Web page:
When ELLEN OCHOA was a child, being an astronaut simply wasn’t an option for girls. She didn’t have role models in STEM who looked like her. But that didn’t stop her from climbing the ranks: from engineer to inventor and finally to the stars, making history as the first Latina in space. She didn’t stop there, becoming director of NASA’s Johnson Space Center, where she transformed its company culture to welcome diverse voices. Through her ground-breaking story, she became a role model for generations of girls and Latinx kids, inspiring them to aim high and speaking with authority on technology, innovation and sparking change in STEM fields.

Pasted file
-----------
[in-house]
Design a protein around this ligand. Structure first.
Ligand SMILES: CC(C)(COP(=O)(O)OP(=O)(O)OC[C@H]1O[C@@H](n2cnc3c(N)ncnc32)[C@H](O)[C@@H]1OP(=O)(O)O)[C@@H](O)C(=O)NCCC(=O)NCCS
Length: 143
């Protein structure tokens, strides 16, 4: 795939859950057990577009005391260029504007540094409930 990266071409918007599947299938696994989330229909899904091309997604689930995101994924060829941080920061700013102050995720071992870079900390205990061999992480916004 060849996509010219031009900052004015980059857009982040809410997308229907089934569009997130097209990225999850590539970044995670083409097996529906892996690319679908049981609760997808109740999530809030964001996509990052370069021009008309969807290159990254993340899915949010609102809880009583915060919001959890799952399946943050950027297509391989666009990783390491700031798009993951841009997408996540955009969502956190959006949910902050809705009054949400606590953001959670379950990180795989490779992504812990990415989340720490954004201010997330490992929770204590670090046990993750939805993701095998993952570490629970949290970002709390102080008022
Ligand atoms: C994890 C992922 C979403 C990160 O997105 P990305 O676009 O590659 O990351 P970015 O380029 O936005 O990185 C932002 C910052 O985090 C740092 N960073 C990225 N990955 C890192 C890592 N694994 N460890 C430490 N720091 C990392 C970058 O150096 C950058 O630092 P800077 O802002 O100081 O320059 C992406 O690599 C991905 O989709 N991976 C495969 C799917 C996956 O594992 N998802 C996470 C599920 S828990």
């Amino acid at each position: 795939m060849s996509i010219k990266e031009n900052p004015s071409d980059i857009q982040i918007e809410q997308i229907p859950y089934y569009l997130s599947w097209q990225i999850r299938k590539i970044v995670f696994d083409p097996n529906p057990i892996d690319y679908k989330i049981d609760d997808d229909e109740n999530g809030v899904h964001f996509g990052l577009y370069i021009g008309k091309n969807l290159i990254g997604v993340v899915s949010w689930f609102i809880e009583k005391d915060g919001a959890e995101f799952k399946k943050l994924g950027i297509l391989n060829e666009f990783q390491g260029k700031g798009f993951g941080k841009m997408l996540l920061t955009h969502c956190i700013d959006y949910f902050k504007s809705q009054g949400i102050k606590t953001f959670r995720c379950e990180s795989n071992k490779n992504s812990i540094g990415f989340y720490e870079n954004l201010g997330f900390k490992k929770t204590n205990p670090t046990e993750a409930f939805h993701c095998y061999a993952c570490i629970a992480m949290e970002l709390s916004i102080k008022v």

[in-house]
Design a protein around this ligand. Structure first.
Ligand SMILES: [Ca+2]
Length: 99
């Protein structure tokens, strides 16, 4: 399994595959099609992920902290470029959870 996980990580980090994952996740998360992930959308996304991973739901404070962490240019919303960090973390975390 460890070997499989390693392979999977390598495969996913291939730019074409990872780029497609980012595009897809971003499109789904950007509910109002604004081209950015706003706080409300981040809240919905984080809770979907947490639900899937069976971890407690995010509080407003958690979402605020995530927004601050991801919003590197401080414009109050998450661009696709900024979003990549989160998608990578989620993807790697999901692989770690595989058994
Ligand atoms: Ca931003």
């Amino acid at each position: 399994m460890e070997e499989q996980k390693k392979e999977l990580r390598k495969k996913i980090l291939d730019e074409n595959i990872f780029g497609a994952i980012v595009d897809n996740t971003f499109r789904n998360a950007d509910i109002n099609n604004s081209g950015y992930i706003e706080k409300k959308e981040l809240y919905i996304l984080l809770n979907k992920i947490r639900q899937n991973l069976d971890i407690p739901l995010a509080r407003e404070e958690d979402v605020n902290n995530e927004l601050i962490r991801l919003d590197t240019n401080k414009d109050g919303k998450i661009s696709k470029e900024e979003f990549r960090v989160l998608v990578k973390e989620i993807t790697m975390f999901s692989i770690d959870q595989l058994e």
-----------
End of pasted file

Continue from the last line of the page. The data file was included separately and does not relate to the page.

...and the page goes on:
Ellen Ochoa—inventor, astronaut and space center director—is a pioneer like no other. She made history as the first Latina to go to space, blazing a trail for other marginalized kids who dream of the stars. There were few minorities in leadership when she joined NASA—so she changed that, becoming the first Latinx and second female director of the Johnson Space Center. Despite her many accomplishments, Ellen says the biggest role she’s played is in mentoring and advocating for the next generation: “astronauts, scholars, who will go on to accomplish more than we can imagine.” In her evocative talks, she draws from her wealth of experiences, both in space and on the ground, to empower audiences to break barriers and overcome adversity.